Adaptive Teams: Rethinking the “Box”



By Ryan Daugherty
Washington, USA


Dave Ellison
Colorado, USA


Teams plan and deliver their “products” in an environment of nearly continuous change. The physical environment is becoming less predictable; technological change accelerates each year; legal, regulatory, and political changes seem to occur almost daily; and economic volatility demands increasingly savvy management of resources. The risks are high and require responses that are both timely and effective.

Creating – and developing consensus around – innovative solutions that work in real-world situations and that can be adapted to future conditions is a tough assignment. Doing so while enhancing team capabilities for efficient and effective delivery and the value of the products they deliver is a tall order and a challenge for leading teams to become more “adaptive” in their thinking and their approaches to problem-solving.

About the “Box”…

Lately, we’ve come to refer to conditions that restrict or obstruct new ideas as the “box” and that fresh, innovative ideas only come from “thinking outside” of it or from “disruption” of the processes inside. The “box” has become a metaphor for “old thinking”: opaque, difficult to change, and an impediment to progress.

While the idea of the box is simple and easy to grasp, the underlying problems are not. The “box” represents the “culture” within which teams plan and deliver their products. The culture, in turn, is made up of a host of different influences – internal and external – which can impede team flexibility and affect the generation and capture of innovative ideas. Just identifying and cataloging all the factors that restrict team adaptability is a daunting task, but maybe we can take a different approach. The solution might simply lie in the way we look at the box.

Instead of thinking about the “box” as a roadblock to innovation and adaptability, maybe we can use it to create a framework for focused innovation, disciplined response to changing conditions, and a sound foundation for continuous improvement.

Three “Dimensions”:

Adaptive Teams, teams that effectively adapt to changing conditions, bear the traits of all successful teams. However, certain attributes, at which they are particularly adept, stand out. We have grouped these into three major categories or dimensions.

Figure 2 – The “Box” Redefined

Teams that have established and “balanced” these three dimensions possess the “necessities” for developing and maintaining an effective Adaptive Team culture. Likewise, the absence or significant imbalance of these dimensions diminishes that ability.

Team Thinking: Adaptive Teams recognize that high trust, commitment, empathy, and open collaboration are vital to the success of any team undertaking. But, they also acknowledge the importance of being a “learning team,” and that means much more than working well together and sharing information. They recognize that it’s about “cohesion” not “conformance” and that maintaining a learning environment demands an appreciation of the views, styles, capabilities, and needs of each team member and an ability to both respect and challenge ideas in ways that lead to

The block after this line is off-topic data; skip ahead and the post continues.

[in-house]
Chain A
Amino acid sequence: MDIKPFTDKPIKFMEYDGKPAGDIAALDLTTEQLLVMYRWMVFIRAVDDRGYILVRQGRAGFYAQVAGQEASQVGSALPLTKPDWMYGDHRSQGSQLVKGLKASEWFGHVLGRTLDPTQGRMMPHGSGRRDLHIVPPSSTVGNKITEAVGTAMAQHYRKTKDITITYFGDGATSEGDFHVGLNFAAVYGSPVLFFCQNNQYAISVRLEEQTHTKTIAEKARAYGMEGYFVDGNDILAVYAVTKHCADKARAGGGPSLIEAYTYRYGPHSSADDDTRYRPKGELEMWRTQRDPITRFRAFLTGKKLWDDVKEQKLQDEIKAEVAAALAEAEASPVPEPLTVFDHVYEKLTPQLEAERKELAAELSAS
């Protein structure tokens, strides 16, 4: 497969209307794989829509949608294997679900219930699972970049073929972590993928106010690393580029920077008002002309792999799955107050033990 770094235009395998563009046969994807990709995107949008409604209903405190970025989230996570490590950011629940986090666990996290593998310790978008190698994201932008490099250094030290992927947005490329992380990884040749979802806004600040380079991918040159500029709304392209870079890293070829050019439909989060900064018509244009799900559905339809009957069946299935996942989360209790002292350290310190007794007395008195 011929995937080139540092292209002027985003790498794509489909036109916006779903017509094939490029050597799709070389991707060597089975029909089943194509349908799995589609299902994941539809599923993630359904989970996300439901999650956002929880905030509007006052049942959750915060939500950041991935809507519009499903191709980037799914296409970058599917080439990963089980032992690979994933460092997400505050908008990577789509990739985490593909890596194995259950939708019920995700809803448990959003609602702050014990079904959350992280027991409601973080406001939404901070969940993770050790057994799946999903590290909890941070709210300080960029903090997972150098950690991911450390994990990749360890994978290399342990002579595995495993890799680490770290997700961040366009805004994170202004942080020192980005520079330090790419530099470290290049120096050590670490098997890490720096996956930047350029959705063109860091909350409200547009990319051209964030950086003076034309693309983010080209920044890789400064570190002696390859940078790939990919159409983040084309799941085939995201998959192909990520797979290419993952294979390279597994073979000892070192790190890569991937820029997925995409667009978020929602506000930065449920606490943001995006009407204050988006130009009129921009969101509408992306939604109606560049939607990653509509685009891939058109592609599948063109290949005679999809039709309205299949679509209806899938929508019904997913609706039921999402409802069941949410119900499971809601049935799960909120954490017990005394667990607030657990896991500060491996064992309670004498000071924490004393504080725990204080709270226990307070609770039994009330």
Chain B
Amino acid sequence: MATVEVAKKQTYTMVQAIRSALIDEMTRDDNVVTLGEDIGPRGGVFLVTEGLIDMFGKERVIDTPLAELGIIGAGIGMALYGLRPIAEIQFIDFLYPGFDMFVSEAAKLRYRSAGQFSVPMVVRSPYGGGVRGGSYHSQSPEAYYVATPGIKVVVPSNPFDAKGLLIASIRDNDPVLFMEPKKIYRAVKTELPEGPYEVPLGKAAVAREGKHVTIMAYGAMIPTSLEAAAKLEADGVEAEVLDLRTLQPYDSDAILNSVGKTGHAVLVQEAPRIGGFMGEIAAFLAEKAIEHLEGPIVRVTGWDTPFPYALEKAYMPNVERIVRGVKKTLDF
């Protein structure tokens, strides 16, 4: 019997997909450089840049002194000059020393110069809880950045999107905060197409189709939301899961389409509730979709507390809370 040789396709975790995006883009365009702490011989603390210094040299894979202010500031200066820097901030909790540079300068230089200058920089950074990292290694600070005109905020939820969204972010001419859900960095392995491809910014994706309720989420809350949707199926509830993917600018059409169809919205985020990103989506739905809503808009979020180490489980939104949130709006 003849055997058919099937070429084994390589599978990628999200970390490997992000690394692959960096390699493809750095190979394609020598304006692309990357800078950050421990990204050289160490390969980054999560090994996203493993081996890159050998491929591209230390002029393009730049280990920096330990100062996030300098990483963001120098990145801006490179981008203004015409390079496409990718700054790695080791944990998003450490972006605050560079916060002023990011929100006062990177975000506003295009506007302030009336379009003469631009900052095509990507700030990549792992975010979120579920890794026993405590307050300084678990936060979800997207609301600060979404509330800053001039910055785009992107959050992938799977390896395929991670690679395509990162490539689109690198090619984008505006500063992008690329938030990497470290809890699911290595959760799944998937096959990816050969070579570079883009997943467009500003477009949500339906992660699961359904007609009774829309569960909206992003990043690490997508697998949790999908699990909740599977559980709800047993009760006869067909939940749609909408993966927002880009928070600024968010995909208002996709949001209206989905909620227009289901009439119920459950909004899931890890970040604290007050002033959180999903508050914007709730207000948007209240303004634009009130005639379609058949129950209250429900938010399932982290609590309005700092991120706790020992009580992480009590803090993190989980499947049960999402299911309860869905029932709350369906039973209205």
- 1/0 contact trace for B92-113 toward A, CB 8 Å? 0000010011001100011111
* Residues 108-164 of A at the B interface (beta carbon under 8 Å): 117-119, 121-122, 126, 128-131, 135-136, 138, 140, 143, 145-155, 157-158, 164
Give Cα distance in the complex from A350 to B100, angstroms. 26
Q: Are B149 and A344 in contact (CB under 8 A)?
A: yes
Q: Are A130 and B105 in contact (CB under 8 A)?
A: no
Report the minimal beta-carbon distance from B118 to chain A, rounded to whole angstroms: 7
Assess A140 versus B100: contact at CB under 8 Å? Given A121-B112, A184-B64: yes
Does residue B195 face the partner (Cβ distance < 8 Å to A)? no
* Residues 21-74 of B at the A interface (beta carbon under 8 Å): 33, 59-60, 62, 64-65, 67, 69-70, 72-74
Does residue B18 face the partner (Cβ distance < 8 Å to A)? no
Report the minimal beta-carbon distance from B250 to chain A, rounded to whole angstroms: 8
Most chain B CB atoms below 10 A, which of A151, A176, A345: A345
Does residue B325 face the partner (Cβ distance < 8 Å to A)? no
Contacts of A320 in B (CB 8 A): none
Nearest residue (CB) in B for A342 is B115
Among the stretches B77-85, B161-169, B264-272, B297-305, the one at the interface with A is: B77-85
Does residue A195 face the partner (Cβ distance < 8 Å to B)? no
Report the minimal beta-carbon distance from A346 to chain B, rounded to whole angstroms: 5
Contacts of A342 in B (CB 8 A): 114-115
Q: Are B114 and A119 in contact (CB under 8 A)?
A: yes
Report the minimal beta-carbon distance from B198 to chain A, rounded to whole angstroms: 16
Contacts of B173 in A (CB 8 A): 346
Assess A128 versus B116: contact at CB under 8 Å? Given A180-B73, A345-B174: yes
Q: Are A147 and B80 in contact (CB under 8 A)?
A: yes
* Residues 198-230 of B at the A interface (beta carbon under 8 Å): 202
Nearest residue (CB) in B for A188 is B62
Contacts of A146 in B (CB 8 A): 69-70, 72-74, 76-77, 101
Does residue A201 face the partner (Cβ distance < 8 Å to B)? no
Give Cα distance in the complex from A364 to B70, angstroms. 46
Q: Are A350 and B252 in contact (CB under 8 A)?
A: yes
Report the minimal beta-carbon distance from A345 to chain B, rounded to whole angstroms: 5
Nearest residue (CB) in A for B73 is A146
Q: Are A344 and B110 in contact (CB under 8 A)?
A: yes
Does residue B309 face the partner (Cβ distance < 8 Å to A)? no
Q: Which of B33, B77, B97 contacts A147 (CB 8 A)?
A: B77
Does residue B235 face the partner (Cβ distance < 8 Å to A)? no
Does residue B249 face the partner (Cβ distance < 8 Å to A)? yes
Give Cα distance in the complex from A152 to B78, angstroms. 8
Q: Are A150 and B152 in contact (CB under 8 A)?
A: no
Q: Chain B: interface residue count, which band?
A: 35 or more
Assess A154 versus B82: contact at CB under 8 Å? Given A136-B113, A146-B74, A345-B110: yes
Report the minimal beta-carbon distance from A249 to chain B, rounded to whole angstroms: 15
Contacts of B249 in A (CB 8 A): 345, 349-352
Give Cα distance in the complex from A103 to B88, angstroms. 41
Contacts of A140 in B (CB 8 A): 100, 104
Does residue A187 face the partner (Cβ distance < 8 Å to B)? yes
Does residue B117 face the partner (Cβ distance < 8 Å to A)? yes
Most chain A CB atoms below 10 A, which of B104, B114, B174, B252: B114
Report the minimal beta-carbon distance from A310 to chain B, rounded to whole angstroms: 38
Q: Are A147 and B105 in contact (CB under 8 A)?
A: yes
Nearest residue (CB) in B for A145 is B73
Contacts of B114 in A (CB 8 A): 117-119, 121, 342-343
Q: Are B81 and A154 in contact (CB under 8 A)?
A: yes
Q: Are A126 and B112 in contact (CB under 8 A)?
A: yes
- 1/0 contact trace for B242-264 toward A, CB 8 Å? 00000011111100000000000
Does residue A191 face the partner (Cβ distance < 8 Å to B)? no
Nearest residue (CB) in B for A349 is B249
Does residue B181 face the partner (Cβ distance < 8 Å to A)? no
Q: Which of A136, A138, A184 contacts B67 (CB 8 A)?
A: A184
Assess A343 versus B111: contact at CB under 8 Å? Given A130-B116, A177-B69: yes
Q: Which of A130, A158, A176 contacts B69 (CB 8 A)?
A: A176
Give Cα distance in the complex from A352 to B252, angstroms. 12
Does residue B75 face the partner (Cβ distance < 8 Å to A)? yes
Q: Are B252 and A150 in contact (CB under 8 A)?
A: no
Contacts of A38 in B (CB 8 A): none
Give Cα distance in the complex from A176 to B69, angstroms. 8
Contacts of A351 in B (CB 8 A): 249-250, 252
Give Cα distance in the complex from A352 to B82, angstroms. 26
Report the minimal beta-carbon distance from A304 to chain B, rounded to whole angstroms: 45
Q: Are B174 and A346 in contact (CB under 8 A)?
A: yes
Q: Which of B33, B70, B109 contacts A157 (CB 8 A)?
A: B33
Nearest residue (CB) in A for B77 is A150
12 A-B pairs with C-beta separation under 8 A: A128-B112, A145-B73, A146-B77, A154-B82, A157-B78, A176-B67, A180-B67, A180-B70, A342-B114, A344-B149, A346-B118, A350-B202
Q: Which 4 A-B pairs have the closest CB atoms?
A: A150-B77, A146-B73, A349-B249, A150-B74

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Editor’s note: Second Editions are previously published papers that have continued relevance in today’s project management world, or which were originally published in conference proceedings or in a language other than English.  Original publication acknowledged; authors retain copyright.  This paper was originally published in Project Management Times in May 2020.  It is republished here with the author’s permission.

How to cite this paper: Daugherty, R. and Ellison, D. (2020). Adaptive Teams: Rethinking the “Box”; Originally published in Project Management Times, May 2020; republished in the PM World Journal, Vol. X, Issue IV, April 2021. Available online at https://pmworldlibrary.net/wp-content/uploads/2021/04/pmwj104-Apr2021-Daugherty-Ellison-adaptive-teams-rethinking-the-box-2nd-edition.pdf


About the Authors

Ryan Daugherty

Washington, USA


Ryan Daugherty is the designer/developer of the Process|SimpleTM Platform for Project/Process Knowledge Hubs. He has nearly 50 years of hands-on project delivery management experience with the Boeing Company, CH2M HILL  (now Jacobs), among others. He has consulted on public and private sector projects worldwide. Ryan can be contacted at ryandaugherty@ryandaugherty.com RyanDaugherty@RyanDaugherty.com

Dave Ellison

Colorado, USA


Dave Ellison, P.E. is the founder and owner of Synergy Connects, LLC focussed on leadership and team learning.  Dave draws on his 27 years of experience as a project/program manager for CH2M HILL (now Jacobs). In 1995 he led the team that developed and implemented the company’s Project Delivery System. Email: Dave_Ellison@SynergyConnects.com